What is the Stopping Distance of a Commercial Truck?Request Free Consultation
Large commercial trucks aren’t just large in size – they also weigh much more than regular vehicles. This can lead to very long stopping distances for the truck. Here, we want to review the most common stopping distance for trucks as well as whether or not individuals can recover compensation if they have been injured in a truck accident because of truck driver failed to stop quickly enough.
Large Trucks Need Time to Stop
Information presented by the Federal Highway Administration indicates that large commercial trucks can weigh as much as 80,000 pounds when they are fully loaded with cargo. This is much more than traditional passenger vehicles that typically only weigh approximately 4,000 pounds. Commercial trucks, particularly when they are loaded with cargo, are going to need a much longer distance to stop than most people are used to in their regular vehicles.
The Federal Motor Carrier Safety Administration (FMCSA) regulates interstate commercial trucking, and they consider longer stopping distances to be one of the main safety challenges for larger vehicles, including trucks and passenger buses.
According to the FMCSA, a commercial truck that is fully loaded with cargo and traveling under good conditions at typical highway speeds will require a stopping distance of approximately 200 yards. This is nearly two full football fields in length that are required before a commercial truck can come to a complete stop.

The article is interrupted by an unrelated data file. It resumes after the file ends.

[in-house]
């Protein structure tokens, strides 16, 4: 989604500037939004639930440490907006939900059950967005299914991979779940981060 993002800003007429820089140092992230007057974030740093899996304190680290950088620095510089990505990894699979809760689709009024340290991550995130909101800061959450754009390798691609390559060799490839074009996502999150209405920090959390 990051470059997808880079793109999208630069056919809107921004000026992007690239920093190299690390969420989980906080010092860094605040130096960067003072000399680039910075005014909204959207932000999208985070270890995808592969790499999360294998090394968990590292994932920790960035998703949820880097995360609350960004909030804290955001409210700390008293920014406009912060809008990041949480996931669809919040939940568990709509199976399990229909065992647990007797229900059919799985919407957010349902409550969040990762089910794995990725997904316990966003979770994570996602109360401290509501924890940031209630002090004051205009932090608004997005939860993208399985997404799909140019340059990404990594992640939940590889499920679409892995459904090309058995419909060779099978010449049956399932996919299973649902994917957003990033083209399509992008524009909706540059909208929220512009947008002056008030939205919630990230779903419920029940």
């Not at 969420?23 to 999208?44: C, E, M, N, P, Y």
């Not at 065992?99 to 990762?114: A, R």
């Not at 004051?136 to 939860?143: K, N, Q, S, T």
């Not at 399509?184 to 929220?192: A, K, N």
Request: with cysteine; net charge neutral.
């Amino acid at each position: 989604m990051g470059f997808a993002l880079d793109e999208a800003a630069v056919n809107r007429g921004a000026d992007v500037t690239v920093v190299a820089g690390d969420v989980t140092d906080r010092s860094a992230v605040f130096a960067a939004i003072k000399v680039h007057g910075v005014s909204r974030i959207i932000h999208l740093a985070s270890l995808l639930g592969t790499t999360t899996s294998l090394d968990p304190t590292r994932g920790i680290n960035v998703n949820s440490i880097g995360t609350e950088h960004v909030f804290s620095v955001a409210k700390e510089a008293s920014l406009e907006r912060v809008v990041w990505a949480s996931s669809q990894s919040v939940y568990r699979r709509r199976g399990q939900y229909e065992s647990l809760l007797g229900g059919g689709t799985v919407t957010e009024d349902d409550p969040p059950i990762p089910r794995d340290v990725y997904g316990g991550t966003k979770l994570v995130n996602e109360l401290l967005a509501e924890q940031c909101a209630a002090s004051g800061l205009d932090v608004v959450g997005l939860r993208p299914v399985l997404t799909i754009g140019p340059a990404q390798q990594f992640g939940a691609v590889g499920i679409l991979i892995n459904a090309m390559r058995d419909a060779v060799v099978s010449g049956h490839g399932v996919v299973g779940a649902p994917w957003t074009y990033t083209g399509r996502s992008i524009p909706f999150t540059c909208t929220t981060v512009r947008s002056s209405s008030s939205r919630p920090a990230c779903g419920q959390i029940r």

So how does this compare to the stopping distance of a traditional passenger vehicle?
The FMCSA has calculated the stopping distance of commercial trucks versus traditional passenger cars, and states that:
- A traditional passenger vehicle that is traveling at 65 mph would need approximately 316 feet to come to a complete stop.
- A fully loaded commercial truck traveling at 65 mph would need about 525 feet to come to a full stop.
All these calculations are based on ideal roadway conditions and vehicles traveling at usual highway speeds. In the event there are any adverse weather conditions or otherwise out-of-the-ordinary roadway conditions, this can significantly change the stopping distance of a larger commercial truck.
Additionally, careless or negligent driving on the part of a truck driver will also change these factors. Drivers who are distracted behind the wheel, impaired by alcohol or drugs, drowsy, or otherwise failing to follow traffic laws may not be able to stop within the confines of the distances mentioned above.
Additionally, the stopping distance of a commercial truck highlights the dangers of these trucks following other vehicles too closely. Under no circumstances should a commercial truck driver tailgate any other vehicle on the roadway.
It is important to point out that large commercial trucks do not have the same type of brakes that passenger vehicles do. Typically, passenger vehicles have hydraulic brakes, which respond much quicker. Semi-trucks have air brakes, which come with a lag time. If you have ever heard of a whooshing air sound when you’re traveling next to a larger truck, this is the sound of air escaping the truck’s brake system after it comes to a stop. When a truck driver first applies their brakes, the air has to build up and spread the length of the vehicle before the brakes can actually start to slow the vehicle down.